More specifically, tactical-style belts (or at least some sort of gun belt) are essential for any type of concealed carrying around your waist. Whether you’re carrying inside the waistband or outside the waistband, you’ll need a belt with enough stiffness to prevent your pistol and holster from causing “belt sag™”.

Tactical-style belts are also great for anyone training at the range or participating in shooting competitions. In both cases, you’ll need to be able to quickly holster and draw your firearm, and a quality tactical-style belt can both give you the secure foundation you need and allow you to carry extra things like spare magazines so you can burn through more rounds.

So, to answer the question of who needs a tactical gun belt, the answer is you.

Tips for Battle Belt Setup

OWB - Vedder Holsters

While most people keep their belt setup simple, carrying just their IWB or OWB holster, firearm, and maybe a spare magazine or two, there has been a rise in popularity over the years in what’s known as a “battle belt,” “war belt,” or “gunfighter belt.”

Essentially, a battle belt is a tactical belt that is set up with all kinds of gear you may need in an armed conflict. While there are tons of opinions out there on what exactly you should carry on a battle belt, most enthusiests agree on a few essentials.

First and foremost, you’ll need a holster. Because in a battle you need to be able to run and maneuver without worrying about your weapon falling out, a Kydex OWB holster is the way to go. These holsters are built to fit your precise gun model and typically come with adjustable retention so you can make sure your gun stays put. We have a variety of OWB holsters here at Vedder Holsters, all of which are designed to pair well with a gunfighter belt.

Another option to consider, though it isn’t necessary, is the addition of a thigh strap. These straps wrap around your upper thigh and connect to your tactical belt, providing additional support to your firearm. It helps keep your holster in place as you draw and keeps your pistol secure against your body as you run, kneal, or squat down.

The second essential item for a war belt is spare magazines. After all, in the heat of the moment, there’s a good chance you may need some extra ammo. Some people carry two extra magazines, some more. The amount of extra ammo you feel is necessary is really up to you and what exactly you’re trying to prepare for (are you gearing up for the apocalypse or for a day at the range?). Vedder Holsters offers four different types of magazine holsters, including single, double, and PMAG holsters.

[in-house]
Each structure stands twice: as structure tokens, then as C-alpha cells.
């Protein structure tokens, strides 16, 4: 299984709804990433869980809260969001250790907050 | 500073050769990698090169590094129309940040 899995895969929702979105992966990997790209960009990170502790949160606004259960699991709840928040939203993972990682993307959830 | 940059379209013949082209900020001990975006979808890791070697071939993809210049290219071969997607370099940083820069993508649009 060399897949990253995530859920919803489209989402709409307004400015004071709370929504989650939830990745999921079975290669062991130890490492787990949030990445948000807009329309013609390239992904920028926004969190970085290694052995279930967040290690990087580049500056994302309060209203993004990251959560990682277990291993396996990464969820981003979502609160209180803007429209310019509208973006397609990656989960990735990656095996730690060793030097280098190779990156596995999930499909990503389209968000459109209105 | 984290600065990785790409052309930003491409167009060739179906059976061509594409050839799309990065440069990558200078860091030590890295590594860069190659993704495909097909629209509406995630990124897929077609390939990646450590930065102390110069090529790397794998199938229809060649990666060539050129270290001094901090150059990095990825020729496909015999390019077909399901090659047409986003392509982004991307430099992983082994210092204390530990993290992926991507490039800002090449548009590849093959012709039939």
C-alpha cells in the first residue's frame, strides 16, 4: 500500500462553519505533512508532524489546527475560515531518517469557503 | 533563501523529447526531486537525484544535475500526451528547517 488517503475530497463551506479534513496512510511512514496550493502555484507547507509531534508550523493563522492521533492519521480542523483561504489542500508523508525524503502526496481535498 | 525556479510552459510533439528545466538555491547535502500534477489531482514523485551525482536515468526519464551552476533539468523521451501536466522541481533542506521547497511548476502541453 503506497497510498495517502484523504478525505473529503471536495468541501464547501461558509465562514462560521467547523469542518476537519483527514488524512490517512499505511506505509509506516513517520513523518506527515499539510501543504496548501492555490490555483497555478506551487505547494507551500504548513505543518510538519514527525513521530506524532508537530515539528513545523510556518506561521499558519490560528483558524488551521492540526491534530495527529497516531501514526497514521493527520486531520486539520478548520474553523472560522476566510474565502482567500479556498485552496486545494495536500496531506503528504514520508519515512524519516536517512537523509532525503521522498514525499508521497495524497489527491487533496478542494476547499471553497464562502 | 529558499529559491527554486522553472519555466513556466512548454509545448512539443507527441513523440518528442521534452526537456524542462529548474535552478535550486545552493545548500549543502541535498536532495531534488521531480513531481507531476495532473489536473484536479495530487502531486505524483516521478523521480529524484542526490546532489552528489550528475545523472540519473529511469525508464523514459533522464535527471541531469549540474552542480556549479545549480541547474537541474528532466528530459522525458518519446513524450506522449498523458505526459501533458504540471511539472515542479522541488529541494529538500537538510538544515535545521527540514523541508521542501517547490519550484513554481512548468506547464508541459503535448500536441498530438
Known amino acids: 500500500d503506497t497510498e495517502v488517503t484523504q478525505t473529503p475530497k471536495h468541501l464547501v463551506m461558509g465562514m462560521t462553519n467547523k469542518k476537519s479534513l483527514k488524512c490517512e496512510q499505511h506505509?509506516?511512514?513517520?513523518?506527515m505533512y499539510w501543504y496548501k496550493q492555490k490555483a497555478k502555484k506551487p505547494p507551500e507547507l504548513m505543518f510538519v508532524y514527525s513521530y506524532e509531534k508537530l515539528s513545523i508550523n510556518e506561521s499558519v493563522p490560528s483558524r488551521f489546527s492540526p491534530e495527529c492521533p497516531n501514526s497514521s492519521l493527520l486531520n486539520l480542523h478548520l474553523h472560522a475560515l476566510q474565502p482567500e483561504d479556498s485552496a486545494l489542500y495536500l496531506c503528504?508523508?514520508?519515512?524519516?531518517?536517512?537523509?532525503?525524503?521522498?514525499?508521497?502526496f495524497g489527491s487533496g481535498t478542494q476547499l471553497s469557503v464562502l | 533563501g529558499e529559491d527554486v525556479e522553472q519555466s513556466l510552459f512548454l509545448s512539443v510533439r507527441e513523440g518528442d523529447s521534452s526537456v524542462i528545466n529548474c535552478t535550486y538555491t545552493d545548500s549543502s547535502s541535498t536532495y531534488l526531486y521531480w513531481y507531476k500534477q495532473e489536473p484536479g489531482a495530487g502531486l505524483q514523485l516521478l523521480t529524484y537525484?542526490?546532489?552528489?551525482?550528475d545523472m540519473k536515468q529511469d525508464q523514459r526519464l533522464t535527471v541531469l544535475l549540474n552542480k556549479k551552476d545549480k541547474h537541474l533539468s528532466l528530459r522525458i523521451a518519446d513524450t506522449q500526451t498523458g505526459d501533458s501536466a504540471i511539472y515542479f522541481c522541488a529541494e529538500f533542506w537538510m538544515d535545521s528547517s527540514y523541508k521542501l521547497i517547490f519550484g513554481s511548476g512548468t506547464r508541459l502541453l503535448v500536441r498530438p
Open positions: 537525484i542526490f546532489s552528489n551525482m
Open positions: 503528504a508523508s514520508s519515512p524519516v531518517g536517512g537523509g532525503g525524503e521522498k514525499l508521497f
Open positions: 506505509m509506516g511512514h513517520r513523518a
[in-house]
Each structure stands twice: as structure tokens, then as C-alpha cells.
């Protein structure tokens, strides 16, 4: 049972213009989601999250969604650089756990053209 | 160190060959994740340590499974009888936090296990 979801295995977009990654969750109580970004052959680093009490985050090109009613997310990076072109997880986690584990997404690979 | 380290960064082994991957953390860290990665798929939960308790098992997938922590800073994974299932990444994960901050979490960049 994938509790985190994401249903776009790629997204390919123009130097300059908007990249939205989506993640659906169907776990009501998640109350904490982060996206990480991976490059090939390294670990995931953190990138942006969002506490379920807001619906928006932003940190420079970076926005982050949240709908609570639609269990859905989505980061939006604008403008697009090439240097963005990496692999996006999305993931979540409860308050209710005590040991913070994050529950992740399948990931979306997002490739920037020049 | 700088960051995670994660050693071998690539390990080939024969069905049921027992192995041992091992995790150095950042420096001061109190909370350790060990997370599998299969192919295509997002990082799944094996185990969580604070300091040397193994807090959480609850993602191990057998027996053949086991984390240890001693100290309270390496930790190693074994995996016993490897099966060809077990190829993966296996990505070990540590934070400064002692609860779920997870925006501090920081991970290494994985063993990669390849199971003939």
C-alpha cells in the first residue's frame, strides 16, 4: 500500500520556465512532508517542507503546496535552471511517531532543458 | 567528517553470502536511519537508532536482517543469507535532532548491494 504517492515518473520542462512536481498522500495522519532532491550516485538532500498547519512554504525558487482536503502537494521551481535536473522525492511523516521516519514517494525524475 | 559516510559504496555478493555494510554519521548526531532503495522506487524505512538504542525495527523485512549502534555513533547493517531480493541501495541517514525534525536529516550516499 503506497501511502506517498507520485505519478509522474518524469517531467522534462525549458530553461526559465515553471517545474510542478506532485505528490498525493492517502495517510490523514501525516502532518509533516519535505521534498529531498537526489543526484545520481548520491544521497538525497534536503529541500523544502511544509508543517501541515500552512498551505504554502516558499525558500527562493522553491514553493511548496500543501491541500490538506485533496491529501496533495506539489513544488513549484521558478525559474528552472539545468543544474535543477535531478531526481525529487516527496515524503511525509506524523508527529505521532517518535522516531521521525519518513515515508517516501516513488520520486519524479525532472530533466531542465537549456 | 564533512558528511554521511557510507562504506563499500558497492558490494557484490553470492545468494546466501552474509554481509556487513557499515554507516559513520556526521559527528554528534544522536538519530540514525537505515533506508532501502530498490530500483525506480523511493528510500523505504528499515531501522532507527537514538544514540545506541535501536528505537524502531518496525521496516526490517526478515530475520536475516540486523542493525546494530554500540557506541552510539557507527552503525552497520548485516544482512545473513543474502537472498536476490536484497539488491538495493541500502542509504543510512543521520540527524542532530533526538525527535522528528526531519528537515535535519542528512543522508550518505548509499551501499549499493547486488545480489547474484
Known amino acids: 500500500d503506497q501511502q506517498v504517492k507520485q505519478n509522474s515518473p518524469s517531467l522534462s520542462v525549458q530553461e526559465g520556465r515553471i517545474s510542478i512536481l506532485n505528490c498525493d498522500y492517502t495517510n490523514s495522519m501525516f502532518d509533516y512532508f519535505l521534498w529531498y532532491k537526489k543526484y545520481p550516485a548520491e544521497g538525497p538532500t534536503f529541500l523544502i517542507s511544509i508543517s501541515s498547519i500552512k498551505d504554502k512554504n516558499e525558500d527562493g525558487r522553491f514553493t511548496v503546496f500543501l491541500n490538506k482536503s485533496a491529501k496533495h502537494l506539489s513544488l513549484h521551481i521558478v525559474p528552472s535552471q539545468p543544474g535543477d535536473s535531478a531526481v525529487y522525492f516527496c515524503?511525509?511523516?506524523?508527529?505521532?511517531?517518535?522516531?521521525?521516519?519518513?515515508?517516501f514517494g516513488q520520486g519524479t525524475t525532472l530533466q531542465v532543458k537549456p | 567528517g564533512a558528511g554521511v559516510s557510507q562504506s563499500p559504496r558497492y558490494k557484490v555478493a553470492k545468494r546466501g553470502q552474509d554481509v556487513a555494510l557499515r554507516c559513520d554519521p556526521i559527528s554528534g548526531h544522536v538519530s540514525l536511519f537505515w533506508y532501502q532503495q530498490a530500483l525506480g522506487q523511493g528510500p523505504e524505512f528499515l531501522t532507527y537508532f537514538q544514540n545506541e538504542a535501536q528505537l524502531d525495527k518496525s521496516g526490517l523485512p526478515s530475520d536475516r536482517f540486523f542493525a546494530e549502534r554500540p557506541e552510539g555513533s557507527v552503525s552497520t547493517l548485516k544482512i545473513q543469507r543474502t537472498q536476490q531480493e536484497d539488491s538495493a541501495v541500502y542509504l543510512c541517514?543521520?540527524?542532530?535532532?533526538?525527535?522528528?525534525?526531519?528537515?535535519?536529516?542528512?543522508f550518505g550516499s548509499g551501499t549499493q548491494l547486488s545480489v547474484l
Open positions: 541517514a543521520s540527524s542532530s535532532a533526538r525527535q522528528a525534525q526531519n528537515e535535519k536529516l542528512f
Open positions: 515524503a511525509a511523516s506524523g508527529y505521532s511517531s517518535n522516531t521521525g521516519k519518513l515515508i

Vedder Holsters -  Holster and Med Kit

Another thing most battle belt preppers like Grant LaVelle of Gunspot Academy insist on is a first aid kit containing emergency medial items like gauze, tournaquits, and blood stopping powder.

“The med kit … is super important,” LaVelle said in a video for The Armory Life. “I generally will have that within reach of my dominant shooting hand so that I can retrieve that fairly easy.”

In addition to those core items, many battle belt enthusiasts will include a dump pouch to collect their empty mags in, a knife, a multitool, a flashlight or glowsticks, and extra pouches for any other random things they may want (a granola bar, a rosary, a photo of your dog Rex, whatever is deemed “essential” by you).

One thing to keep in mind is the placement of your items. Military influencer Mike Jones of Garand Thumb recommends avoiding putting too much on the backside of your battle belt to prevent back strain. He also suggests keeping the very front of your war belt open in the case you need to lay prone.

“Going prone is an often overlooked part of battle belts,” he said. “If you have too much s*** out front, it’s going to make it more difficult to go prone.”

At the end of the day, whatever you choose to include on your battle belt is up to you. Just make sure to actively train with your belt so that in case the unthinkable happens, you are ready.

Things to Look for in a Tactical Belt

When it comes to your EDC setup, the belt you choose is one of the most critical aspects. After all, it is the foundation of everything you will put on it. When looking for a quality tactical gun belt, you’ll want to make sure you get one that is rigid enough to hold your gear yet flexible enough to be comfortable and allow you to move without crushing your diaphragm.

Durability

Choosing a material isn’t hard as the vast majority of tactical belts are made from nylon. However, it is important to look for one that is made from dual layers of nylon webbing. These belts should be stitched together, not glued, so you know they’ll be extra durable and last a long time.